I think the ethnomedical approach would be very important to use and understand when studying health. Studying the different healing practices of cultures and comparing their efficacy on the symptoms, this approach would aim to improve the treatment of various diseases and illnesses in a way the culture would accept. Knowing the medical system of a society, and how and when they treat diseases is vital to understanding how a culture maintains health and treats illness.
The distinction I believe they were trying to make between disease and illness is that disease is a visible condition, whether it is an infection or that it causes some sort of physical dysfunction. They were describing illness more as a personal perception of someone’s health. Disease seems to have a narrower definition, while illness is whatever a person thinks and feels that it means regarding their health, in the context of their culture and society.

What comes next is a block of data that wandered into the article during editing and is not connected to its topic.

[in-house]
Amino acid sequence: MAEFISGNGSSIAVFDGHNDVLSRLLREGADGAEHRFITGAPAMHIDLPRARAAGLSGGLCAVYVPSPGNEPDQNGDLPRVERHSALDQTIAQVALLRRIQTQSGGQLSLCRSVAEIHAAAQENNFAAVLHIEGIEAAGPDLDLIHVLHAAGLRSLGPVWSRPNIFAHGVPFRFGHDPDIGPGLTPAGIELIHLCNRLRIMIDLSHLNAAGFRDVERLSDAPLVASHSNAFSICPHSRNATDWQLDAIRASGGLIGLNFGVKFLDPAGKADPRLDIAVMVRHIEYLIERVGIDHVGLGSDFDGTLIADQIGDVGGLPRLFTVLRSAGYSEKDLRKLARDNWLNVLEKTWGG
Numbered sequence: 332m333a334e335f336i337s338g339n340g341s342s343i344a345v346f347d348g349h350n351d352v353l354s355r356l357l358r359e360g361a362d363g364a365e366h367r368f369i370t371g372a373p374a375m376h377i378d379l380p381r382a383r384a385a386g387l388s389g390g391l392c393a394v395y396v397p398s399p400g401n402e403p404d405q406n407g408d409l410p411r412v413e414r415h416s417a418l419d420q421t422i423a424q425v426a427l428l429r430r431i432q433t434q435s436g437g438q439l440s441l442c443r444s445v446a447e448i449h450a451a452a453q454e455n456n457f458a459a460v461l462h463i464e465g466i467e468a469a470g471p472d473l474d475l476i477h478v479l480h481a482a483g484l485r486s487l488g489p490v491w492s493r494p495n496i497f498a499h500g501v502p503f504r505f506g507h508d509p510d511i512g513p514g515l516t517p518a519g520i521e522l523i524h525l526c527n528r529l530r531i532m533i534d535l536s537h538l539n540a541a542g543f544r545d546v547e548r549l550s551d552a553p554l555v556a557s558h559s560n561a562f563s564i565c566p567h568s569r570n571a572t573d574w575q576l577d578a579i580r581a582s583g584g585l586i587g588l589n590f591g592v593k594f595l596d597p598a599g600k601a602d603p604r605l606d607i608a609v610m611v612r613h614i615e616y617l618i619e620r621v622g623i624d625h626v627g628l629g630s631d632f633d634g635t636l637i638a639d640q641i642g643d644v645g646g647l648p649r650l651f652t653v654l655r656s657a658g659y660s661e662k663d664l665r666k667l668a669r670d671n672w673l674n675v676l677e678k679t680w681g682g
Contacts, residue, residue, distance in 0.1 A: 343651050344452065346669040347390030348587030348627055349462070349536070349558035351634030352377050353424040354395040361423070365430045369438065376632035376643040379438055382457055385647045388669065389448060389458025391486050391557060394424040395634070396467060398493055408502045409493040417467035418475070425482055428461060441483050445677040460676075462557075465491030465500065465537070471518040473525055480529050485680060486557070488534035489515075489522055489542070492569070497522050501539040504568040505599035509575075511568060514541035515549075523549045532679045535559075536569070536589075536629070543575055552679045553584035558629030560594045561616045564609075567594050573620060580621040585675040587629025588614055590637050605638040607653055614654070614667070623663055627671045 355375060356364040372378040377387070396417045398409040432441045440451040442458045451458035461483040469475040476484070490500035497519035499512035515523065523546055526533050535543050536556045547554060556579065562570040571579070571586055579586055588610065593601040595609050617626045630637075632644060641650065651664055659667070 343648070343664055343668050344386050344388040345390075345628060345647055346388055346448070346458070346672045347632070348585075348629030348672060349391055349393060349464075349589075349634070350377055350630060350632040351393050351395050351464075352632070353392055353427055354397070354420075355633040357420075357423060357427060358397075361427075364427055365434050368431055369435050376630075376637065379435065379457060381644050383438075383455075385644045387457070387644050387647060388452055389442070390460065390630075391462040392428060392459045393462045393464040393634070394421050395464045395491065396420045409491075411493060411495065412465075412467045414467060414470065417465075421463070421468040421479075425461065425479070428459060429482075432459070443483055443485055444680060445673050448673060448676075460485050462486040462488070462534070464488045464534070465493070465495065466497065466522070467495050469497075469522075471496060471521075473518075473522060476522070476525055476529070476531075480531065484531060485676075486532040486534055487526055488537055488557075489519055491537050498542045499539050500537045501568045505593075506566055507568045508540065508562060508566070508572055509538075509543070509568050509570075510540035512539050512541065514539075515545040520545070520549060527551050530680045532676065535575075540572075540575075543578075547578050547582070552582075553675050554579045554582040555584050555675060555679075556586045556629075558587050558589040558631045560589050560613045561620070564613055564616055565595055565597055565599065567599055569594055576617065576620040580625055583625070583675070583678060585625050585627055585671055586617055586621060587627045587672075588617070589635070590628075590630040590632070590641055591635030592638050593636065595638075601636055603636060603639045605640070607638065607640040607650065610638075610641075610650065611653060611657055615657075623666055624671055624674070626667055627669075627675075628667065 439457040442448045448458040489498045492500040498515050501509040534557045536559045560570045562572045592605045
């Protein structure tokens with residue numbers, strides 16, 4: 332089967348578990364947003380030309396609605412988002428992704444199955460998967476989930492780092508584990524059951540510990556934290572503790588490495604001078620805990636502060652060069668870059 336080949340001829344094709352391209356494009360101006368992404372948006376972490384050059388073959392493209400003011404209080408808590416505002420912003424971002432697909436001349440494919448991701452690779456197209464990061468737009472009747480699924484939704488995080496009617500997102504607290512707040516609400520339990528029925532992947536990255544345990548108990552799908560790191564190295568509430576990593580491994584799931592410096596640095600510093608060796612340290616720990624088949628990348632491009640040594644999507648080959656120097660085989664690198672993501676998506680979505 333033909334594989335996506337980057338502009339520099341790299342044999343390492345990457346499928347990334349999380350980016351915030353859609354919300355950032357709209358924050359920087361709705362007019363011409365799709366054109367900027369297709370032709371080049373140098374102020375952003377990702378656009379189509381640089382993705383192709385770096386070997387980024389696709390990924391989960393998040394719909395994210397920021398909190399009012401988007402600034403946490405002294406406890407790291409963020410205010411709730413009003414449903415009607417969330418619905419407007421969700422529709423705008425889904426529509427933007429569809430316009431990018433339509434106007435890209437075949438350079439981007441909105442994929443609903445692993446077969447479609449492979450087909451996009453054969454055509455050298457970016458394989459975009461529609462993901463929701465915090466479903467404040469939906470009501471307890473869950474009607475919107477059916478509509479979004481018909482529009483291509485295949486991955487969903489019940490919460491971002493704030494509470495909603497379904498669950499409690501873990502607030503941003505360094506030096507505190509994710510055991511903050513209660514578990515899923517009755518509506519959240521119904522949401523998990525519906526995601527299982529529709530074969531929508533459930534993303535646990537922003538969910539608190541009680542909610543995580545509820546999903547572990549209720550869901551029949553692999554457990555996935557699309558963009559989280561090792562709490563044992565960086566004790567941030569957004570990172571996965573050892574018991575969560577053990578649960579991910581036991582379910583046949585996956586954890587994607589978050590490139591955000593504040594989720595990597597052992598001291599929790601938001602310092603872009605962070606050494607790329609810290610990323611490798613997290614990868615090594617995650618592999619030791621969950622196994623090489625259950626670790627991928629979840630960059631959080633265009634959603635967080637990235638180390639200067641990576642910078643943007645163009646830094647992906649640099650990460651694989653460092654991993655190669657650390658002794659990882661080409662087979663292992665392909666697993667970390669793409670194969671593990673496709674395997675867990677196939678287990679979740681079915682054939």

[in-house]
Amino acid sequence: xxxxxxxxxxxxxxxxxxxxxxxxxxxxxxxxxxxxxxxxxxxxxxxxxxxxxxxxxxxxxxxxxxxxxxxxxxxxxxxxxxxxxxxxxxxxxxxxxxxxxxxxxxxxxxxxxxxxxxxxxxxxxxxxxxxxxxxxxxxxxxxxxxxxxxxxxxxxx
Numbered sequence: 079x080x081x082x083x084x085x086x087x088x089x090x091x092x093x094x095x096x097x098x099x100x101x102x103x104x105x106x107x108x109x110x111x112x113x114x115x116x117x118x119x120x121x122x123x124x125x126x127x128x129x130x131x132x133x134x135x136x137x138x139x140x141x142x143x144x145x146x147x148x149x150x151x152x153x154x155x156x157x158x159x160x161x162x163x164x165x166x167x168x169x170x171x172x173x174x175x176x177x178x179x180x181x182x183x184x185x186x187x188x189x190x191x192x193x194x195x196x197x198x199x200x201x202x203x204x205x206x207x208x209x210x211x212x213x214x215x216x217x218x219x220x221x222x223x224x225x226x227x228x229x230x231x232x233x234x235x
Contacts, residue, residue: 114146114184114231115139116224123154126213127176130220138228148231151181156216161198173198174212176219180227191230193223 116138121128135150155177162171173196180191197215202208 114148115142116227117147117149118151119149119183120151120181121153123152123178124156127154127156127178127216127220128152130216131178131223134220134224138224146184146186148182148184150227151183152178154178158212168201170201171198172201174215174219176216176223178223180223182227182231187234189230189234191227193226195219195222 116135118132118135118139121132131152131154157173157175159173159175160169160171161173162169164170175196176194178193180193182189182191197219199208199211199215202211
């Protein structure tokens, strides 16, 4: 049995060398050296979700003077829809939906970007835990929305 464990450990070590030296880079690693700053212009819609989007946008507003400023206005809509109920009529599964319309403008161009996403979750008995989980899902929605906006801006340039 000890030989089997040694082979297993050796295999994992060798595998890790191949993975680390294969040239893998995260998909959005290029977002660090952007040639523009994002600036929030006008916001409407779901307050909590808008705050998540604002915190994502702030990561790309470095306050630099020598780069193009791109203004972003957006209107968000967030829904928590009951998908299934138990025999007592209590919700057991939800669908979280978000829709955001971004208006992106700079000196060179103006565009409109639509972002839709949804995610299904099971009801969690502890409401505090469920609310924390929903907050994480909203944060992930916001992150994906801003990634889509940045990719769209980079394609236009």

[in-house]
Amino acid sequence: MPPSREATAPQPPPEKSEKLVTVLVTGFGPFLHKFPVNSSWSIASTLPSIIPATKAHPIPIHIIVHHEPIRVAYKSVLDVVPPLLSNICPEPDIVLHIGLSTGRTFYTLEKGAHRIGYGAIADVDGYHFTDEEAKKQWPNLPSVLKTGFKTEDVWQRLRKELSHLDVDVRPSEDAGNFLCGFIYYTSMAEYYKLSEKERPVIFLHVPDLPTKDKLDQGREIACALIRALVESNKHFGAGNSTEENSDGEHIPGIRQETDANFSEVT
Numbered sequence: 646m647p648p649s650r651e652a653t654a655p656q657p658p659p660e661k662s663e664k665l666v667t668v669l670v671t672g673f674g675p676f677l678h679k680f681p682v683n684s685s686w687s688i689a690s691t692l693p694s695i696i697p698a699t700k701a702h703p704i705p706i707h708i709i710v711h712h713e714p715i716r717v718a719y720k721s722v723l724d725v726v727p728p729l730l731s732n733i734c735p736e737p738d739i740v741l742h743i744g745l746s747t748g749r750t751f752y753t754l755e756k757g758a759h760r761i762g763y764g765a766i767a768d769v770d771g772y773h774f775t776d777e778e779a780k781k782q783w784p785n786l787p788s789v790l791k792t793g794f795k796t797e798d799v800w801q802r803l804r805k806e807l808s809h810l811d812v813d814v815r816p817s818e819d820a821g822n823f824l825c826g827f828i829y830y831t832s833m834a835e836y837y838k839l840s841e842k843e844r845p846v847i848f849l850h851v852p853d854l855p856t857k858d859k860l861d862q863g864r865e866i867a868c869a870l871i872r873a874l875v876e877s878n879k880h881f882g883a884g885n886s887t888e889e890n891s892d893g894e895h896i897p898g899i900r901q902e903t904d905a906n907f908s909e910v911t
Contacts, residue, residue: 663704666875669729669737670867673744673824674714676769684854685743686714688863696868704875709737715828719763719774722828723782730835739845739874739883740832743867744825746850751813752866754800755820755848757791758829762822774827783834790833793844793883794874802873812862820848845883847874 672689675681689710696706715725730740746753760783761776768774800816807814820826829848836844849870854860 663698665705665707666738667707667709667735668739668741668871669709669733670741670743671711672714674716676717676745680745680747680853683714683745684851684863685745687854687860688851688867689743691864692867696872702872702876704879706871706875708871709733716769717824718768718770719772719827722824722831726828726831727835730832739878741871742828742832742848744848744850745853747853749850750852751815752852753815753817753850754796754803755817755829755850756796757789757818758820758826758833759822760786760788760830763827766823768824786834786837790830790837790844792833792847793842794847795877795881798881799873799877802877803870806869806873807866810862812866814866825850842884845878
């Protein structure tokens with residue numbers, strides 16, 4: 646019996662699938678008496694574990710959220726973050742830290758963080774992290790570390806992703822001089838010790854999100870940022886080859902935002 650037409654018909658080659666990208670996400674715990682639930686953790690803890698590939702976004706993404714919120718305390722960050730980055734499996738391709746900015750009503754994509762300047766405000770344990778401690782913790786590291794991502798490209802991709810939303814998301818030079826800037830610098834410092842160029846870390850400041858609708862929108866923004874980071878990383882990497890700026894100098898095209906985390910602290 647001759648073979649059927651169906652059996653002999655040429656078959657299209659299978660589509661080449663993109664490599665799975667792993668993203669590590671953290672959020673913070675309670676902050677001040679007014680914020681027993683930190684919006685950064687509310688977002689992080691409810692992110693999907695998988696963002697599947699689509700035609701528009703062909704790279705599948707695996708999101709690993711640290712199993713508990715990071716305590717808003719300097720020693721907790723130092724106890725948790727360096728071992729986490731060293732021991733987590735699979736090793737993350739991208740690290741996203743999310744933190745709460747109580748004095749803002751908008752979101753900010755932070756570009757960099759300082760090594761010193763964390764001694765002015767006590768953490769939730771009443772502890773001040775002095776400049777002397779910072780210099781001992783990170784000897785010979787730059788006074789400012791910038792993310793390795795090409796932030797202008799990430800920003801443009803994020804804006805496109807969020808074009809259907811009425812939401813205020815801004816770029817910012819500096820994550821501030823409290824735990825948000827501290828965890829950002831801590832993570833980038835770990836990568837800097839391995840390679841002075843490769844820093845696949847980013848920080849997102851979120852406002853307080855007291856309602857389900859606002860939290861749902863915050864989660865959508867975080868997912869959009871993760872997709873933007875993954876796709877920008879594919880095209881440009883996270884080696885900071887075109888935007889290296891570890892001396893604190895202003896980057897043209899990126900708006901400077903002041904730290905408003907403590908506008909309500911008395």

I didn’t catch on to what culture Miner was describing until I noticed the question in the prompt that mentioned I was supposed to figure it out, and then read through the article again. While typing this out now I just realized what Nacimera spells backwards. One ritual described in the article is the medicine cabinet and the process of obtaining prescription medications. The doctor is said to write an ingredient list for a curative potion, but in a language that only the doctor and the pharmacist will understand, and that they only give the potion for fees given to the both of them. The Nacimera aren’t usually told what are in the “potions,” yet they take them anyway without thinking. Also, it shows that to get cured, you need money, so what happens when you are poor is that you won’t be treated. Another ritual in the article regarding the latipso is that while in main culture secrecy of natural bodily function is so great, but in the hospital there is little privacy.